“Library on the Go” has so many useful features: online video streaming, research databases, and e-books just to name a few. What I love the most is being able to search for a book or DVD (as I’m out and about) and clicking “hold.” My order is sent to the Peninsula library where my item is located, someone pulls my choice off the shelf, and then ships it to my local library where I pick it up. So easy, so convenient and so FREE!
If you’re researching a topic, binge-watching every Jane Austen movie adaptation, or reading a book series, search your library system (not just your branch) and check out the material for free. Just think about how much it would cost to buy all the DVDs and books you’d like to watch or read in a year. If there’s a good chance you won’t re-read or re-watch them – then why not check them out from the library? Now that I have the “Library on the Go!” app I’ll be tempted to check items out more often.
Look closely at the rolling green hills of the Capitancillos Ridge on the southern end of San Jose, CA. At times the peaceful landscape is jarred by large pieces of rusting machinery, remnants of California’s first mine. No, gold wasn’t found in them there hills but mercury aka quicksilver. The element was used in the gold and silver mining processes to separate the precious metals from crushed ore. Lucky for the ‘49er gold rush crowd, operations to extract quicksilver from San Jose’s New Almaden mines began in 1846 a few years before the gold frenzy.
On our way to find out for ourselves what’s left of the 170-year-old New Almaden mine, my husband and I pass multiple new housing developments on previously rural farming land. I remembered reading that the local reservoirs contain high levels of mercury making the fish unsafe to eat. I wondered at the decision to build new homes in the area and if the residents had to be mindful of mercury exposure.
The suburbs transition to fields, as we take New Almaden Road off the expressway toward the forested community of historical homes nestled between Alamitos Creek and the rising hillside. Entering Casa Grande, a three-story mansion which was home to the succession of New Almaden Mine managers, our imaginations go back in time and deep underground. Antique furnished parlor, library and drawing rooms give a sense of the activities of those who lived there.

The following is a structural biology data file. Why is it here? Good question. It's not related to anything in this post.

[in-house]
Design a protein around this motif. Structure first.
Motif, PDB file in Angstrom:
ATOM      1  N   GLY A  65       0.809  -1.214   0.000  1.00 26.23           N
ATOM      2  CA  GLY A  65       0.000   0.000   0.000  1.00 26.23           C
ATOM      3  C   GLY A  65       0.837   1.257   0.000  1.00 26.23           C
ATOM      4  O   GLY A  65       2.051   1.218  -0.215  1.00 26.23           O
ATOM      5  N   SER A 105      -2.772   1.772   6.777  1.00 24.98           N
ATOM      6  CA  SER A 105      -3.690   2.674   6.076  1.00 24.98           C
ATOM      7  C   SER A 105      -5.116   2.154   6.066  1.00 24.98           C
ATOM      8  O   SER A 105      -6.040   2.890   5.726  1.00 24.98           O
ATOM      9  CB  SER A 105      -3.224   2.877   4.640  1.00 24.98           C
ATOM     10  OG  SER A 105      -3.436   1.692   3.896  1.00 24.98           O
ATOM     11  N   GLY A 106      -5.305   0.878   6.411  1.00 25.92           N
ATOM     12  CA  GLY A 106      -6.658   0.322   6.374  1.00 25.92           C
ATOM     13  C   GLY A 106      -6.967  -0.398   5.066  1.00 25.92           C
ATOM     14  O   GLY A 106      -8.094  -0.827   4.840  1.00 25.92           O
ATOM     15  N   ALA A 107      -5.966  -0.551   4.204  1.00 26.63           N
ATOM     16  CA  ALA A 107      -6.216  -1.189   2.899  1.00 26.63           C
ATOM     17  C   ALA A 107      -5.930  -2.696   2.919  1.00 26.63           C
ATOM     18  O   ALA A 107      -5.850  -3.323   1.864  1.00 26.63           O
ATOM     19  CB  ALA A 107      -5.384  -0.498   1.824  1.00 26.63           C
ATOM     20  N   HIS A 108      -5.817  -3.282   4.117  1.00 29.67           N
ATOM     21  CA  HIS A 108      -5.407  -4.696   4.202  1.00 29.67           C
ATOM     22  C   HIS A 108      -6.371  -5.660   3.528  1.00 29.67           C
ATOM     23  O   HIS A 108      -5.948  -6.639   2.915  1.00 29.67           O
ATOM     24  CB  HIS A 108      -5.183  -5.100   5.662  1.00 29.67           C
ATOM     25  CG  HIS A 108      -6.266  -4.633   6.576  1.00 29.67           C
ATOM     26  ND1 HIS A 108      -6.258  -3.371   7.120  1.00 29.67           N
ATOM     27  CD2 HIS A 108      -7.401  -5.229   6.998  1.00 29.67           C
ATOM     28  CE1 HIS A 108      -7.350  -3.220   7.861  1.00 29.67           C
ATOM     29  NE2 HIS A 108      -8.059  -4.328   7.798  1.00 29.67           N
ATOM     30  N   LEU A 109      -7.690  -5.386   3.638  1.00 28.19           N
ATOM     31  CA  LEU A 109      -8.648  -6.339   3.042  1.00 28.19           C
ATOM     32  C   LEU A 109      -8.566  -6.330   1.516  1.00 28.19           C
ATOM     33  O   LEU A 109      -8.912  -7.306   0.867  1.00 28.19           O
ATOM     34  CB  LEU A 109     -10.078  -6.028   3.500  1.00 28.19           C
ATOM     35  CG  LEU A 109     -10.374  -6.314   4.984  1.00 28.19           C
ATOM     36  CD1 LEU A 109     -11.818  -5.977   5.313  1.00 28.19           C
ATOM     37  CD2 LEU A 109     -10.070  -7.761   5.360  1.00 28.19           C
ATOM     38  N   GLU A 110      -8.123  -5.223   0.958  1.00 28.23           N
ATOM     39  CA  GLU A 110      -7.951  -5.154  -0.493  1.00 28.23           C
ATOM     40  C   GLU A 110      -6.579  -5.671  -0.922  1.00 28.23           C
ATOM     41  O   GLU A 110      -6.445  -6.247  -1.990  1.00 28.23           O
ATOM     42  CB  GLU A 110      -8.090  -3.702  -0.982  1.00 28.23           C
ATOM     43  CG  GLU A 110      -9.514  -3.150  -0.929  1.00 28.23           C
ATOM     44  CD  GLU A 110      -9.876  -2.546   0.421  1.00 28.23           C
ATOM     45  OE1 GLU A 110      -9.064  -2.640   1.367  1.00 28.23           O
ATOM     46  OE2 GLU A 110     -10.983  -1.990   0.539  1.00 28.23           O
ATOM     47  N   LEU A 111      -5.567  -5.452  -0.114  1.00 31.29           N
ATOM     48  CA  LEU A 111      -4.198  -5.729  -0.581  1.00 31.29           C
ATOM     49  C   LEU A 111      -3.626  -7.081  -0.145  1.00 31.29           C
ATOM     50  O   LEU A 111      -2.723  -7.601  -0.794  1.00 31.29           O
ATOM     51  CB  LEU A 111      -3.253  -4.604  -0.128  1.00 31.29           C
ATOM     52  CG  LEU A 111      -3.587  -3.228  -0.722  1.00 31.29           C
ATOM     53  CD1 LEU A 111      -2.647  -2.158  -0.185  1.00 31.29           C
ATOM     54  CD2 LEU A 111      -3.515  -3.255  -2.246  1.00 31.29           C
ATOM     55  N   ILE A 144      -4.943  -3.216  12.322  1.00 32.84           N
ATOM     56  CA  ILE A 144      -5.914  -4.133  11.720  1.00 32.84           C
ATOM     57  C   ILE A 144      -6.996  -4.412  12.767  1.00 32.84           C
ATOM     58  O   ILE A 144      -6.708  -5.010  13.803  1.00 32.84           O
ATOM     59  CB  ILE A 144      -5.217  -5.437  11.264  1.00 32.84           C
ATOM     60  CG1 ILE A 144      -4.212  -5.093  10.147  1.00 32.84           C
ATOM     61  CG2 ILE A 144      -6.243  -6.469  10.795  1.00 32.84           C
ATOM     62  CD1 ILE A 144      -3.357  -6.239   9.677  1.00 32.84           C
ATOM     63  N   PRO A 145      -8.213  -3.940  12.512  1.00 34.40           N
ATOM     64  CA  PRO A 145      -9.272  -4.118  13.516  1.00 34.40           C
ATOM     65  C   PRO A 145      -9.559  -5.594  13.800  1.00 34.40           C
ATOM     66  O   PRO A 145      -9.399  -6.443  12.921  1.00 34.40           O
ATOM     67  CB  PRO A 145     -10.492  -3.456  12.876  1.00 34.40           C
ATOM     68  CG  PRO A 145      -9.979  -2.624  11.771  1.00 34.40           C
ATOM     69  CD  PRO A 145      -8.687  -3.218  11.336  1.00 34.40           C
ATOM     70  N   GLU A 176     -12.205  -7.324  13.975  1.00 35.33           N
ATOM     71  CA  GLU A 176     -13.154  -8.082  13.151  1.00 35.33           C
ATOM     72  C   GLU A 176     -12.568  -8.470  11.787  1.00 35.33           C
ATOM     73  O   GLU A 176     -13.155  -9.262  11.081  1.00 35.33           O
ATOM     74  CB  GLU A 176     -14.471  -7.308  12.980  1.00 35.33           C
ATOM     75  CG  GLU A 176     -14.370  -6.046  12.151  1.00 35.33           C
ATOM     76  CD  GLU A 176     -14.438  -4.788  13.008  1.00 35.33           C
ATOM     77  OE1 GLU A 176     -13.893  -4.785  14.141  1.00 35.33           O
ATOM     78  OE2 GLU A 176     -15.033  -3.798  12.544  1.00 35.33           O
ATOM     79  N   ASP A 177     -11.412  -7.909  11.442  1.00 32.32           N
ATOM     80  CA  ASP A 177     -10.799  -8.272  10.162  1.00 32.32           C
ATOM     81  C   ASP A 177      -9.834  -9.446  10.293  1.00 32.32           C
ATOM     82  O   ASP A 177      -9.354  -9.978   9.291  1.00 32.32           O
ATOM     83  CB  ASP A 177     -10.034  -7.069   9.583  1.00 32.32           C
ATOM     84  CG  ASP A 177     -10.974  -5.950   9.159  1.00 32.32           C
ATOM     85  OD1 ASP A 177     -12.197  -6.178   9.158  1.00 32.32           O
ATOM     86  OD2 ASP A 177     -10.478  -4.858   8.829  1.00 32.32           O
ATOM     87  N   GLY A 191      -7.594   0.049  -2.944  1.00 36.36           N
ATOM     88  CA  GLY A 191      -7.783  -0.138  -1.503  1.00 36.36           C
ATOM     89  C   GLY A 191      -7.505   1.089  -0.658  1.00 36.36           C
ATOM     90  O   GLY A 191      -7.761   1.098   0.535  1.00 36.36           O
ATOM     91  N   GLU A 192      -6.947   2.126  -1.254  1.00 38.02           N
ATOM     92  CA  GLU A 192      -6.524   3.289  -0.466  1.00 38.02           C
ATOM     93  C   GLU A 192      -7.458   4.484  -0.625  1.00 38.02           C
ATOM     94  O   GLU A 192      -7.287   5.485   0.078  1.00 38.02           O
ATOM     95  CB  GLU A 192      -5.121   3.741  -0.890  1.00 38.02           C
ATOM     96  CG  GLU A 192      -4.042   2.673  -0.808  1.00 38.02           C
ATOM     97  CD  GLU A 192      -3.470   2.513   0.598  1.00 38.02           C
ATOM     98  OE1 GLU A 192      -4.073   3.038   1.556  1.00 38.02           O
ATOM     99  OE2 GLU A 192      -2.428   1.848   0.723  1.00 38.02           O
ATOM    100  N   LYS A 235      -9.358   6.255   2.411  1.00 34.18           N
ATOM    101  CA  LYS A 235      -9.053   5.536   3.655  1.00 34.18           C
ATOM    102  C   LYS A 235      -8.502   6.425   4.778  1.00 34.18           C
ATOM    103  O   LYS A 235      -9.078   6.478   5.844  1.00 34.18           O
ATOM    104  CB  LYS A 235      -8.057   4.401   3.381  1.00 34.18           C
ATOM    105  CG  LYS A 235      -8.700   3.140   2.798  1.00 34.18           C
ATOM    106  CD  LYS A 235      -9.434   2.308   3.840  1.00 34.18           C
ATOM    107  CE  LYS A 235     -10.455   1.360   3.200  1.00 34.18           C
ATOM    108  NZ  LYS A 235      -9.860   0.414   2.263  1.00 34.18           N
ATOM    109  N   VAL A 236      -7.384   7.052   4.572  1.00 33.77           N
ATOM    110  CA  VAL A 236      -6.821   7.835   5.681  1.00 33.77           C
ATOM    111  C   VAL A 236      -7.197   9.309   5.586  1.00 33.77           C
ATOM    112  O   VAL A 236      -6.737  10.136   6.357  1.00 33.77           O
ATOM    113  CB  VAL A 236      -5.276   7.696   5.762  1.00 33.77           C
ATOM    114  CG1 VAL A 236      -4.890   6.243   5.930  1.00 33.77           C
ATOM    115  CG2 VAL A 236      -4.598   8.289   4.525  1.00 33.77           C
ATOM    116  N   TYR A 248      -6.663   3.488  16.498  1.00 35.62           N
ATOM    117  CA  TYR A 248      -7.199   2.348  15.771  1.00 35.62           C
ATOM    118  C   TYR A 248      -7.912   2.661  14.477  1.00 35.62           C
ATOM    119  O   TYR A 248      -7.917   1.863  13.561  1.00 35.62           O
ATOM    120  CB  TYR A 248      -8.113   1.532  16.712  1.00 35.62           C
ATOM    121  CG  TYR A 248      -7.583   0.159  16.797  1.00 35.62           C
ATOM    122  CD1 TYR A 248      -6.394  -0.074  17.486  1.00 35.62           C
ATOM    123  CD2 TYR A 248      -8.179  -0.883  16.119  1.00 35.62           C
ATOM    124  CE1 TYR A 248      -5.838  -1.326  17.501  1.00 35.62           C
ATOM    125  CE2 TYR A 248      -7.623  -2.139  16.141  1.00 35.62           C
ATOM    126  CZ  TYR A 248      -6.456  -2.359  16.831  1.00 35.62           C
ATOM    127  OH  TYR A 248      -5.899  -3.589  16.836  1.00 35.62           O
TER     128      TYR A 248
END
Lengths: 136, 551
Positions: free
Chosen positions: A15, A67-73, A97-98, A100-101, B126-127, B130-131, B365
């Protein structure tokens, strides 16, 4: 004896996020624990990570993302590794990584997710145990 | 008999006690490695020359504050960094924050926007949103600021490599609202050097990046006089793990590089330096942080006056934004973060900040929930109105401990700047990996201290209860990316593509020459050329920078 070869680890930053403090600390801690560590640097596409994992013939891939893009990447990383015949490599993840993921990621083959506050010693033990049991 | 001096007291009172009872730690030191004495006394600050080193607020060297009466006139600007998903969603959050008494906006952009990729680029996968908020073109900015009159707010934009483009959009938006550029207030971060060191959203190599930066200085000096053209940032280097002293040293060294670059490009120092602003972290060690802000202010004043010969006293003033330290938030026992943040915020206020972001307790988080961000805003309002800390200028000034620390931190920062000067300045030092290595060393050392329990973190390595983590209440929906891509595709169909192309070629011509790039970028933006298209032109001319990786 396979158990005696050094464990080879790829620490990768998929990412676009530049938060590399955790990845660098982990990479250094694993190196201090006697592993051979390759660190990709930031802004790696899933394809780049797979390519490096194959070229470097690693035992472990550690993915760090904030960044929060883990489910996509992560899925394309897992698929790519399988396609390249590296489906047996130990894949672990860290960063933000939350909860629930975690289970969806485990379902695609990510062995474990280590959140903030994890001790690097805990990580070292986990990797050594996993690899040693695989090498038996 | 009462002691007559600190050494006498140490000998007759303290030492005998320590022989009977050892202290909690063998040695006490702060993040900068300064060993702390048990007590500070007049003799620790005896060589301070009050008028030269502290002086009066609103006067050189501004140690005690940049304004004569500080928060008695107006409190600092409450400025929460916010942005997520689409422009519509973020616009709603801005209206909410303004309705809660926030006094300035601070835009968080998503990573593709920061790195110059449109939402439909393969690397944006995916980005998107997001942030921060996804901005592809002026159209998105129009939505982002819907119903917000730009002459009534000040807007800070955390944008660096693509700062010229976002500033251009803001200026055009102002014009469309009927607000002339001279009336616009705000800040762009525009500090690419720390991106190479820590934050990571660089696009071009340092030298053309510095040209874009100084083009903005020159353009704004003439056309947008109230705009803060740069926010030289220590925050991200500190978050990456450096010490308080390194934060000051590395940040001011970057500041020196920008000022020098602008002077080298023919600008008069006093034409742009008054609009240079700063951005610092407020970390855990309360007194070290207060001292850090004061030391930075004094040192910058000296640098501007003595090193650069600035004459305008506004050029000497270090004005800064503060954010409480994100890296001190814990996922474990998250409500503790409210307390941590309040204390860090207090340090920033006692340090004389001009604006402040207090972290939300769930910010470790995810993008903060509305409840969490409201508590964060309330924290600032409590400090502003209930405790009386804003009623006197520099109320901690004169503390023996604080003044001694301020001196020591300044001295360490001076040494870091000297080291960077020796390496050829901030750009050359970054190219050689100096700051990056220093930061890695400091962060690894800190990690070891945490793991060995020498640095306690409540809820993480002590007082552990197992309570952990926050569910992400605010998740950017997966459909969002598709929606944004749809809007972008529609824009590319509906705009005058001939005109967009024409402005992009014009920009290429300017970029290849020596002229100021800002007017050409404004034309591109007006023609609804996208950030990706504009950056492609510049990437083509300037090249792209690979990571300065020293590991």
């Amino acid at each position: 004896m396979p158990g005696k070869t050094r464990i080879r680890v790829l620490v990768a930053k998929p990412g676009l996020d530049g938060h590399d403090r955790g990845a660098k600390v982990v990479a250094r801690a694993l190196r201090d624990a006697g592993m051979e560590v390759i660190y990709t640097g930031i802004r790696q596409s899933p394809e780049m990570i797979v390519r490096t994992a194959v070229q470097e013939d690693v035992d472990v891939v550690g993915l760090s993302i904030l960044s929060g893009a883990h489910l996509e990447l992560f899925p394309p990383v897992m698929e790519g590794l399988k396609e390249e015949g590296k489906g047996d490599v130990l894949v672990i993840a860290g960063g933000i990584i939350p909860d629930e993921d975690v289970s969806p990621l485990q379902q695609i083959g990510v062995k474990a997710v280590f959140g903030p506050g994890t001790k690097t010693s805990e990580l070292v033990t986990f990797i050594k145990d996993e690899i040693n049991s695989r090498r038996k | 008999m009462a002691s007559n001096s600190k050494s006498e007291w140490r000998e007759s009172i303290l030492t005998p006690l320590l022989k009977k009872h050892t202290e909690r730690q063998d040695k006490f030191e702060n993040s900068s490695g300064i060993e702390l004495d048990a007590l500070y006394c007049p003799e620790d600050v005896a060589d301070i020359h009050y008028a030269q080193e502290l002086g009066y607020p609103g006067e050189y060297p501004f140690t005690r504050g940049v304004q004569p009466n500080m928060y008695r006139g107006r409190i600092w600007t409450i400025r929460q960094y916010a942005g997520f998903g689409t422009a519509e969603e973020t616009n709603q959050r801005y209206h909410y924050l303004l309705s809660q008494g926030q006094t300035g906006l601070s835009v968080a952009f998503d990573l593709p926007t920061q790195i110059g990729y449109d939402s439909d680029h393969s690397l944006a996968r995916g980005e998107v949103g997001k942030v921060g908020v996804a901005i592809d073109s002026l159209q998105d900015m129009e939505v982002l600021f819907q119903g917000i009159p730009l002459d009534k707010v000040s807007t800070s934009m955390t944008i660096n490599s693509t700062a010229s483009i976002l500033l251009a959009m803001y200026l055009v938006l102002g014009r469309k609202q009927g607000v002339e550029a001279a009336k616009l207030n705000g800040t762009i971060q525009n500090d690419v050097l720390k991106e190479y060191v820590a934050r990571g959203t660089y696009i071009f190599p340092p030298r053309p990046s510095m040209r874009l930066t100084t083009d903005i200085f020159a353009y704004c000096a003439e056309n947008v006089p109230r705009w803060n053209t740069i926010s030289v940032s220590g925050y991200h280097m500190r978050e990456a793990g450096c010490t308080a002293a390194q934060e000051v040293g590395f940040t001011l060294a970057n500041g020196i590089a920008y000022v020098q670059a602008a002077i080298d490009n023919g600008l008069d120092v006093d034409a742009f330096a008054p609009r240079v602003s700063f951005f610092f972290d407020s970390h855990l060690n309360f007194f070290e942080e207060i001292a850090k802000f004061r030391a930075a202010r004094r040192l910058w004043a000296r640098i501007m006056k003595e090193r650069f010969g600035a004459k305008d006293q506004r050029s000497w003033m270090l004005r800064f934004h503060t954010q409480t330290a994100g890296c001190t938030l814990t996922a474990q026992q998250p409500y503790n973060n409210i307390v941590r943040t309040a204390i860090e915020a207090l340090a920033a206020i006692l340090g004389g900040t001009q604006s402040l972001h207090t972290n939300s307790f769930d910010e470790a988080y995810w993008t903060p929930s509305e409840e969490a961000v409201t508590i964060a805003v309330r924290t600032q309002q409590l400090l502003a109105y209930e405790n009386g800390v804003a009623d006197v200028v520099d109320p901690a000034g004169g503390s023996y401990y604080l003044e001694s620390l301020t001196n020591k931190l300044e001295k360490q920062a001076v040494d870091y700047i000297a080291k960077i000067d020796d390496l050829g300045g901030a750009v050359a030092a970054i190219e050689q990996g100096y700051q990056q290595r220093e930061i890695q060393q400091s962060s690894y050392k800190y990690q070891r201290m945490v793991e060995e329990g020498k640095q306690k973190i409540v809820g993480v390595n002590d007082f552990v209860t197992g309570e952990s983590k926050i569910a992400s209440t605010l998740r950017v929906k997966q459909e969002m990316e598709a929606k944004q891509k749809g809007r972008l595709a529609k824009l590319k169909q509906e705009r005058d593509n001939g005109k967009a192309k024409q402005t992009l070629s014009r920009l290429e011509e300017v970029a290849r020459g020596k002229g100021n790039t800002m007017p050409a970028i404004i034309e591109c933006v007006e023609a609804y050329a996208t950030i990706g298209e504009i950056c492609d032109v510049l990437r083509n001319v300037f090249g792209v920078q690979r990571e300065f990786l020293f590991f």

A very knowledgeable docent met us as we toured the home and made our way to the Quicksilver Mining Museum located inside Casa Grande. The interpretive museum and docent answered our questions about the mercury mining process. Examples of red cinnabar ore mined deep within the earth are on display. The process of filling tall slender flasks with liquid quicksilver after cinnabar is heated to separate mercury and sulfur is depicted. Black and white photographs of the miners hauling ore and squeezing on the lifts that took them on their decent hundreds of feet underground cover the museum walls. Visitors catch a glimpse into what mining life must have been like.
Back outside we stroll through Casa Grande’s lush green yard to look up at its swaying palms and clear blue sky. Then we started down the street on a section of the 1.6 mile historic home walk that loops around Casa Grande and the Alamitos Creek. Although historic, the colorful homes circa mid- 1800’s with white picket fences and built with a variety of materials: brick, adobe, wood are all private residences. We walked along a length of original brick sidewalk while reading the informational markers in front of each house. Soon we felt at risk of becoming Peeping Toms with residents clearly going about their day. We decided to get back to the car and see more of the area by road.
Driving around the perimeter of the Almaden Quicksilver Park I spotted rusting mining equipment jutting up from the treetops at the Hacienda park entrance. We continued along the wooded drive passing the Almaden Reservoir and recently opened access to Mt. Umunhum. Then wrapped back around the hills and entered from McAbee Road closest to the Senador Mine. Walking on the wide shaded path, we passed an old wood barn near the park entrance.
About a half mile into the walk we found the concrete chimney remains of the Senador Mine. Three crumbling furnaces where cinnabar was once roasted stand, a perfect dystopian backdrop. Markings of the past are everywhere along the park trails, from covered ore cart rails, foundations of buildings or strikingly majestic ruined equipment. I wonder at the natural beauty of the hillsides and its hints of a long forgotten internal apocalypse.